THE fight over the nomination of John Tower to be secretary of defense left no clear winners in Washington. President Bush, Congress, the Pentagon, the public - all were shaken and a bit stunned as a result of this unusually bruising battle. But they were also left with a clearer view of the strengths and weaknesses of the confirmation process, the importance of character and judgment in presidential nominees (and in their inquisitors), and the magnitude of the job still to be done by the next Pentagon chief. Probably the best thing to come out of Mr. Tower's confirmation ordeal is the new focus on ethics and morality in public life, which in fact cannot be separated from personal conduct. To have a senator stand up and say he had seen not only Tower but other senators under the influence of alcohol while on the Senate floor is unprecedented.
Reporters gasped when Tower was asked if his statement that he'd never broken a pledge included marriage vows. But the question was very much to the point. One may draw an intellectual line between public and private conduct, but an individual's values underlie both.
Tower's ties to defense contractors not only proved as never before the potential for ``revolving door'' conflicts of interest. They also forced into public view the extent to which other senior appointed officials and legislators - including Tower's accusers - are beholden to special interests.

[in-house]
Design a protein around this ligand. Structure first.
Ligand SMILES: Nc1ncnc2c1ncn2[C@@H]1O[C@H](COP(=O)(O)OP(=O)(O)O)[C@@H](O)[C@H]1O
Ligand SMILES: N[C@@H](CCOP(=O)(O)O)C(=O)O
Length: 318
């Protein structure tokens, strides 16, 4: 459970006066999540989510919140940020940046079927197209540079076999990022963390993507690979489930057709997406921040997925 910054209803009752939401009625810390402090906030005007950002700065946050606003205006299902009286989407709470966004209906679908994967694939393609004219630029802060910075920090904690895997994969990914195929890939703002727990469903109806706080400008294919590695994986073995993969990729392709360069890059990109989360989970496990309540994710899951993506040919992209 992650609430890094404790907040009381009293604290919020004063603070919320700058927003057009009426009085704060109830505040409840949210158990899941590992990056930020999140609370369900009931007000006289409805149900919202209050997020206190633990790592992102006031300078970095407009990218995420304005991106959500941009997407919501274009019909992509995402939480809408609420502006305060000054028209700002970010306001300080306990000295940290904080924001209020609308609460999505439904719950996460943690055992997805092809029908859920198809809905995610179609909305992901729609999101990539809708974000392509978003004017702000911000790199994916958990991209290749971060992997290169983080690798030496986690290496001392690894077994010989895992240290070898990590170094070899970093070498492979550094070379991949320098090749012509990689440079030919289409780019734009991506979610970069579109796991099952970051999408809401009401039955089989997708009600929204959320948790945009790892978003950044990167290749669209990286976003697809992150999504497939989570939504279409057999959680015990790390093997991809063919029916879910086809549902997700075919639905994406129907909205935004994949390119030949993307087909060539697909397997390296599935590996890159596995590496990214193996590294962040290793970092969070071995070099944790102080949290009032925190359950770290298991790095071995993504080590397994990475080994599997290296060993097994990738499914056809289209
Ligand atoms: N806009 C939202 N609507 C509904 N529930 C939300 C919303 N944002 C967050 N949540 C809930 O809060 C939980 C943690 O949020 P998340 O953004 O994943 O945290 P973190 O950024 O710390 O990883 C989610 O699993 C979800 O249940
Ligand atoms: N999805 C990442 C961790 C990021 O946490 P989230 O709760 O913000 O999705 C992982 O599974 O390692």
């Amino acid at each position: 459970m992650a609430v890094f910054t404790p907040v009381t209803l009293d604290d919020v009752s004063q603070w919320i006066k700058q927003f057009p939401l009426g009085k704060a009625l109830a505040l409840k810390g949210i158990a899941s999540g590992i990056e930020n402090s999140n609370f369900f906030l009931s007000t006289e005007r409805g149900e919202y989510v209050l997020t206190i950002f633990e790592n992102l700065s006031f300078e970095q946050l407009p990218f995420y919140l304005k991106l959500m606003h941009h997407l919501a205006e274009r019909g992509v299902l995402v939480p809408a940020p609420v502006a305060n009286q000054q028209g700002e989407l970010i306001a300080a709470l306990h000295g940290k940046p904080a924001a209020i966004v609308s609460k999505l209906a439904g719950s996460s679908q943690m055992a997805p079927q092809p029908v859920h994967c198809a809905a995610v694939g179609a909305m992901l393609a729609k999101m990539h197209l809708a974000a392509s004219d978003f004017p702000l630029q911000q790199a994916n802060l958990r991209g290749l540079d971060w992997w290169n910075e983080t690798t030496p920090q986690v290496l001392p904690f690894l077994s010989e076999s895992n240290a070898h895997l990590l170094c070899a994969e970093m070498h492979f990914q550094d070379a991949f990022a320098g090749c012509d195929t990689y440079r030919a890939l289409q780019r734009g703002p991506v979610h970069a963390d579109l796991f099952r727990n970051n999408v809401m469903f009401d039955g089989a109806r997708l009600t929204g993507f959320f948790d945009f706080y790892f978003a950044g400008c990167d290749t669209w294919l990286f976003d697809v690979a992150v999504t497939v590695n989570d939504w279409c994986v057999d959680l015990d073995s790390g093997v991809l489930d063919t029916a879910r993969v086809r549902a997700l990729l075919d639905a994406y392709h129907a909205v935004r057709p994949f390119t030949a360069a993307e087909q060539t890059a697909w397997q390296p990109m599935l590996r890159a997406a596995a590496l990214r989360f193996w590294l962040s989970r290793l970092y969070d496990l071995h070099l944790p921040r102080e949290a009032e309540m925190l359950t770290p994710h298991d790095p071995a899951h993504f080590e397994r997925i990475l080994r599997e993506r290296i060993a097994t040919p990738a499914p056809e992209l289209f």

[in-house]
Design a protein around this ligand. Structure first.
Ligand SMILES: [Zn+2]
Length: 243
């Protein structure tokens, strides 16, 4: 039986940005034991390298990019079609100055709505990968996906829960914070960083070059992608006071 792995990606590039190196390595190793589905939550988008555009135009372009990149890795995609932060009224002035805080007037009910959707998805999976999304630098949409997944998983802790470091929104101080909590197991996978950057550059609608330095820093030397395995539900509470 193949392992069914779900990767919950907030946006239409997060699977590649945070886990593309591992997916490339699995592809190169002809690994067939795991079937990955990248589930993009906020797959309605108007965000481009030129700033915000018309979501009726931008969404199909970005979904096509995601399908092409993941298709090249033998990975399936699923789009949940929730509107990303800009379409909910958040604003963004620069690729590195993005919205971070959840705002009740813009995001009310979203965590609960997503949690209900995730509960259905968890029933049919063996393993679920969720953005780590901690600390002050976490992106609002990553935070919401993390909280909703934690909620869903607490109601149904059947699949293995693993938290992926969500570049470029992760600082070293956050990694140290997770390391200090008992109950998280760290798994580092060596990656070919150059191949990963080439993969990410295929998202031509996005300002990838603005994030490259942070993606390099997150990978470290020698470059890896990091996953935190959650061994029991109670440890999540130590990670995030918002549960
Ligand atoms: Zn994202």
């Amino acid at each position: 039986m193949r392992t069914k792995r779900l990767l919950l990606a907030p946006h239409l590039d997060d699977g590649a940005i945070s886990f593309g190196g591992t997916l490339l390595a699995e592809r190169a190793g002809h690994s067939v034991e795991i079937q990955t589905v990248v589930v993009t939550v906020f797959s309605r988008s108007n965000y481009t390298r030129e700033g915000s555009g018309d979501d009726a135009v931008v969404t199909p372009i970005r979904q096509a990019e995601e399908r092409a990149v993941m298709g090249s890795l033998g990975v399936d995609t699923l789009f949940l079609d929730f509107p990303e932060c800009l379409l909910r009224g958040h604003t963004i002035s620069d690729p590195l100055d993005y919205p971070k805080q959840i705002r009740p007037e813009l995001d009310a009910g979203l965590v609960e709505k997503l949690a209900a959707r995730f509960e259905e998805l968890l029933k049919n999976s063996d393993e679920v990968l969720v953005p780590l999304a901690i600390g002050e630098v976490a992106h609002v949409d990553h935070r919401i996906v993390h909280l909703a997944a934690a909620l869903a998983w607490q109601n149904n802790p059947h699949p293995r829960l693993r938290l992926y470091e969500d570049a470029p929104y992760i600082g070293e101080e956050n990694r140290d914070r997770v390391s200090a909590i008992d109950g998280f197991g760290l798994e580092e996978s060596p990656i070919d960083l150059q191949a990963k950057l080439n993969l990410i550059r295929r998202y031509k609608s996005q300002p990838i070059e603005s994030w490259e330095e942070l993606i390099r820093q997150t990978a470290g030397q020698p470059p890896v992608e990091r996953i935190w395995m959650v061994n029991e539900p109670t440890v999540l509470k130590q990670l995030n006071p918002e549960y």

It's important to state that, once he tapped John Tower, George Bush was right to stick with his man and not cave in. Especially in an opening confrontation with Congress (and absent the smoking gun of disqualification, which never was found in Tower's case), a president has to show some spine in the early days of his tenure. It's as much up to him as anybody else to bring the honeymoon to an end.
Having done that, the President moved quickly and without bitterness to put it behind him and to choose in Congressman Dick Cheney a man well-respected by Democrats and Republicans alike. Those who say Bush is ``wounded'' by the Tower fight or that his administration is ``adrift'' are flat wrong. The federal government will move on from this, laws will be passed (or vetoed), budgets cobbled together, treaties signed.
At the same time, the defense secretary has to have the confidence of Congress and the American people. This is probably more true today than at any other time of peace. Tower didn't have it. Mr. Cheney apparently does.